Novel of the Year

On May 22 of this year, six weeks before the official publication date of Alice Sebold’s debut novel, which is narrated from Heaven by a fourteen-year-old girl who’s been raped and murdered, the novelist and former New York Times columnist Anna Quindlen appeared on the Today show and declared that if people had one book to read during the summer, “it should be The Lovely Bones by Alice Sebold. It’s destined to be a classic along the lines of To Kill a Mockingbird, and it’s one of the best books I’ve read in years.” Viewers did what they were told and seemed to agree. Within days of Quindlen’s appearance, Sebold’s novel had reached the number-one position on Amazon.com, and her publisher, Little, Brown, decided to increase the size of the first printing from 35,000—already healthily optimistic for a “literary” first novel by an author whose only other book, a memoir of her rape, was a critical but not commercial success—to 50,000 copies; a week before the book’s official publication date, it was in its sixth printing, with nearly a quarter-million copies in print.

One week after publication, after Time magazine’s book critic Lev Grossman had declared the novel “the breakout fiction debut of the year,” the book was in its eighth printing, and there were 525,000 copies in print; two weeks and three additional printings later, the number was just under a million. By the end of September, it had become clear that the book was a phenomenon of perhaps unprecedented proportions: an eighteenth printing of a quarter-million copies, itself more than seven times the number originally planned for the first printing, put the number of copies in print at over two million. Such figures suggest that this may be more than merely the novel of the year: the Barnes & Noble fiction buyer has declared that “a book like this comes around once in a decade.” If not, indeed, longer. Little, Brown’s marketing director has commented that it’s “one of those books that rarely comes along, that reminds you why you chose this business.”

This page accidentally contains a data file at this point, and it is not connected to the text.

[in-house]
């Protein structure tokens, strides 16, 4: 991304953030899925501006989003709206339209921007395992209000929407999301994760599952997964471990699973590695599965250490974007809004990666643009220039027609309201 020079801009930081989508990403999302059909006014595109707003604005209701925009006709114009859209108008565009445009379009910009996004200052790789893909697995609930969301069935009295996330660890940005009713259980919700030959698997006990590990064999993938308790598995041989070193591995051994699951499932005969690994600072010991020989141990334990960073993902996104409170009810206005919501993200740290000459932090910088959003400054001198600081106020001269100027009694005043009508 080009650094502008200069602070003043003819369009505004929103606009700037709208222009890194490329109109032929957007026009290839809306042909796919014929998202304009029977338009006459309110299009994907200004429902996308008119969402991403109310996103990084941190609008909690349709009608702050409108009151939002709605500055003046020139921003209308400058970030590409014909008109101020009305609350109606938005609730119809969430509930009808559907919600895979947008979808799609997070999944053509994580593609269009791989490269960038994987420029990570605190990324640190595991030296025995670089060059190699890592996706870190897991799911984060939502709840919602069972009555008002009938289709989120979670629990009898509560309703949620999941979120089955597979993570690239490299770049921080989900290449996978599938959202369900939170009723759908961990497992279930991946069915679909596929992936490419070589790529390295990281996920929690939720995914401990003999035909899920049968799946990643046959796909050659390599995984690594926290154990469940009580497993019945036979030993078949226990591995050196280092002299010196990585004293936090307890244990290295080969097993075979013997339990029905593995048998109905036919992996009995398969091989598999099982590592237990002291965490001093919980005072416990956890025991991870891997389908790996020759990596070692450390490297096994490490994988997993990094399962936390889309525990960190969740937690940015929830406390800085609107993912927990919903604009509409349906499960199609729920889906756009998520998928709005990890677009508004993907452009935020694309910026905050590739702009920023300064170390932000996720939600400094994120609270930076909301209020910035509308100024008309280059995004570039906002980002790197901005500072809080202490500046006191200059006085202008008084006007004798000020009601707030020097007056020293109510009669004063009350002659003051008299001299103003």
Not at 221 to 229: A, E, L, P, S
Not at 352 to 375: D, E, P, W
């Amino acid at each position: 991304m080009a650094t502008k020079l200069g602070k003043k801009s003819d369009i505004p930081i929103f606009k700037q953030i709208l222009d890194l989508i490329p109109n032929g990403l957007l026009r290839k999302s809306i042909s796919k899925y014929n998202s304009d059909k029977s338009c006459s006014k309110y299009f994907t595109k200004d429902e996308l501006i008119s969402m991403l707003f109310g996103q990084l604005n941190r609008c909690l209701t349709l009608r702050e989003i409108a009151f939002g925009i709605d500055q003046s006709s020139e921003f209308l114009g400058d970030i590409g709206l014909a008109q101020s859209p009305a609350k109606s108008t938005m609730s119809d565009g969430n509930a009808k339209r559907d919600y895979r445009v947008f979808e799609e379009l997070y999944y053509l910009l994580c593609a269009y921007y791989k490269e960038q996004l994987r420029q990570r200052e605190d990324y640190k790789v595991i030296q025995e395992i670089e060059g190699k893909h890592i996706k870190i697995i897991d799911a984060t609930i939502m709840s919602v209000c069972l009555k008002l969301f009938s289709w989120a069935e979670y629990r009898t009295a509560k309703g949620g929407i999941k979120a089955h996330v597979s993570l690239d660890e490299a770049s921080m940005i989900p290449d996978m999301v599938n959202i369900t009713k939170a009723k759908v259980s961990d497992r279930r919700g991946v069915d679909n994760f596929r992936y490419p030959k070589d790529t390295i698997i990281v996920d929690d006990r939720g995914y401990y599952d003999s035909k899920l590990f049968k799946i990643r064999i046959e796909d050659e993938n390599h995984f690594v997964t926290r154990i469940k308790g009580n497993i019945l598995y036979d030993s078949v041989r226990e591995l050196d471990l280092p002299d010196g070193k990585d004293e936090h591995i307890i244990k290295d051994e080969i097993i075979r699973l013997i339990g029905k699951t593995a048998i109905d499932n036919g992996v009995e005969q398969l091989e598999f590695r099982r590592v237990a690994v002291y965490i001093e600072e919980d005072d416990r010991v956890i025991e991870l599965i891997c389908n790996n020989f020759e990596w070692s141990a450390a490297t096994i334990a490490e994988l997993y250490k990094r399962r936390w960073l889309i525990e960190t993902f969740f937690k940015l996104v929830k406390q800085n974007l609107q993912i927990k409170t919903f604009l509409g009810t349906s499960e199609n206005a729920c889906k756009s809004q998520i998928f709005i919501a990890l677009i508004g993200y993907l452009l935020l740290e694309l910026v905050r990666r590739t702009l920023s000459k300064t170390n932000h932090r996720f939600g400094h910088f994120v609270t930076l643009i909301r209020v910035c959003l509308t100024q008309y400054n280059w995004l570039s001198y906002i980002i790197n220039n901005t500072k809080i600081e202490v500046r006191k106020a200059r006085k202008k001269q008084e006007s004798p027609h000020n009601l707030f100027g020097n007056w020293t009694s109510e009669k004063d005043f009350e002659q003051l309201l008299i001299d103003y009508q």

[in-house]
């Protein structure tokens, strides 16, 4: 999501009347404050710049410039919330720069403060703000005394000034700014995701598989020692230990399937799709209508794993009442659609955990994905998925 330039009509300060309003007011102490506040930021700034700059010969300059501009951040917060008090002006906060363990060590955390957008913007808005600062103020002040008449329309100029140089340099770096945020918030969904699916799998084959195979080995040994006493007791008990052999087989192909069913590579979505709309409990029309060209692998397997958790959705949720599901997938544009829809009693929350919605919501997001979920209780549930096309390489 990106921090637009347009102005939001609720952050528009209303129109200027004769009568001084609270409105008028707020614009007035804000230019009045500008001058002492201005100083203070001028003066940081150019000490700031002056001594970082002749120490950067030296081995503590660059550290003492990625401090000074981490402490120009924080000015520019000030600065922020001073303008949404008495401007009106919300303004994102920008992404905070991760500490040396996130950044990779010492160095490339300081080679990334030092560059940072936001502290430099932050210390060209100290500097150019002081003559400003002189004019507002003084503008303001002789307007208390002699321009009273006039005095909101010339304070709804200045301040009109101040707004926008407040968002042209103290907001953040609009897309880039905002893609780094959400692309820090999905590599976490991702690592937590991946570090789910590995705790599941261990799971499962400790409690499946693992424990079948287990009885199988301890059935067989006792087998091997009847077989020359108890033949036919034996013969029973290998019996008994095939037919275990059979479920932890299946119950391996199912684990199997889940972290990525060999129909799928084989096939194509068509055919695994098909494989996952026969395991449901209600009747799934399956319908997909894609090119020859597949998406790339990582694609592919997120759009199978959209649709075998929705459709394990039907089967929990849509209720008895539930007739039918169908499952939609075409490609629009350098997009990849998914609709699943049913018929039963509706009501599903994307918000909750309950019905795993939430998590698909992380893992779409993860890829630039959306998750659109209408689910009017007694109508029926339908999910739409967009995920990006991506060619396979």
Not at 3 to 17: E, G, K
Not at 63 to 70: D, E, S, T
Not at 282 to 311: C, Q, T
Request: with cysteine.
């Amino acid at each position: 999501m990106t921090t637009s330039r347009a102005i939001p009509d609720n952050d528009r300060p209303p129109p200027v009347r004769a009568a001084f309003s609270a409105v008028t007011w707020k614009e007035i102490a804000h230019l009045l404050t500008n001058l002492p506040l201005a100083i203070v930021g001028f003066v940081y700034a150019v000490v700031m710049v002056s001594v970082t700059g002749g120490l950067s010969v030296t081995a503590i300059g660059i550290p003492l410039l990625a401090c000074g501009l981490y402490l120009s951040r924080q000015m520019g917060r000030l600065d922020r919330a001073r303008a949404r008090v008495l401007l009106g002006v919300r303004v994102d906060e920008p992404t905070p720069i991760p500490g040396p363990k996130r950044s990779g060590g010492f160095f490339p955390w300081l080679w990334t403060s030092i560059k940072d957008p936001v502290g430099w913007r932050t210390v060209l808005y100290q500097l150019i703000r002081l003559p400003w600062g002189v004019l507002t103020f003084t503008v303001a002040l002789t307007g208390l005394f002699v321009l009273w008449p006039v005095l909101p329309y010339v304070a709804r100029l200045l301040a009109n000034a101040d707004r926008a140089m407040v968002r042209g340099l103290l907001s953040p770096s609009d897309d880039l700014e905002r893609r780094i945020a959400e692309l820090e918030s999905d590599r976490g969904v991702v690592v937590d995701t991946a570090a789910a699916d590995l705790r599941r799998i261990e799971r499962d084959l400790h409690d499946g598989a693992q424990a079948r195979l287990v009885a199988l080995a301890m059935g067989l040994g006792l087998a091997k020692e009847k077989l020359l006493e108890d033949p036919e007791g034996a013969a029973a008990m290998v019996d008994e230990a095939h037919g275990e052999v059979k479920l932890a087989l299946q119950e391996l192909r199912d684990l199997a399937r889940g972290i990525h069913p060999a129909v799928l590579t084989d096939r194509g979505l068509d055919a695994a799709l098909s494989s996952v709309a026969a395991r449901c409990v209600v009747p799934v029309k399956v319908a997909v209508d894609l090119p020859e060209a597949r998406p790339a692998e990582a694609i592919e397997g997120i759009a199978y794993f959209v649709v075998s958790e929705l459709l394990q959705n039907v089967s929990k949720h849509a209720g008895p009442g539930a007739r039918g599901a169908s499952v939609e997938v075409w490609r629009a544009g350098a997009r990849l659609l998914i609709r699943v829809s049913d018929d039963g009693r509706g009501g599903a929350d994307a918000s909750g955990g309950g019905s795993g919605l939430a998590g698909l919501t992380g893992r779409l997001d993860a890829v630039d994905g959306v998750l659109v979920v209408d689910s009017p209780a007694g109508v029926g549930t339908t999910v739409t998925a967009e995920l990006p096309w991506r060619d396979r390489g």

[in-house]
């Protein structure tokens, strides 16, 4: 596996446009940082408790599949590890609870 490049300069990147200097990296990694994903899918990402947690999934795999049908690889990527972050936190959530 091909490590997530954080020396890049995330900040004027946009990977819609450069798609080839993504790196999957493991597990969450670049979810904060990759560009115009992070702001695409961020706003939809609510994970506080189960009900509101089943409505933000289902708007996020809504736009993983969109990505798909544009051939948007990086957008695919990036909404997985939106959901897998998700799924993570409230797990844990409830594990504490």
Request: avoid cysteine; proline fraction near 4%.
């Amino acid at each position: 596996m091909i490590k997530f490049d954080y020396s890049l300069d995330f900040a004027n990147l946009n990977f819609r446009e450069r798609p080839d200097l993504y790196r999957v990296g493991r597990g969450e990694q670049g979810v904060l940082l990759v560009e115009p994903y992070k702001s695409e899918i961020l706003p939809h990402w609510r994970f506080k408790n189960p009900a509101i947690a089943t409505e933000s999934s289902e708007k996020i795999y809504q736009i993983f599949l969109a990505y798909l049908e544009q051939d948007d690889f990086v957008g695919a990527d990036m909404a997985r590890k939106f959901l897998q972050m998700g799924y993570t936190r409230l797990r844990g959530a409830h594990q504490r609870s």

Reviews of The Lovely Bones have been almost uniformly good, ranging from very warm (Michiko Kakutani, in the Times, called it “deeply affecting”) to ecstatic (The New Yorker called it “a stunning achievement”), but the pattern of the book’s remarkable rise to preeminence among novels published during the past year, if not the past few years, suggests that it owes its success to word of mouth. Indeed, it must be remembered that its spectacular rise was achieved without the help of the now-defunct Oprah’s Book Club, which floated more than one small first novel onto the best-seller lists.

So there can be no question that the book’s popular appeal is deep and authentic. One measure of this is the fact that while the novel has, in its fifth month after publication, finally fallen to the second …

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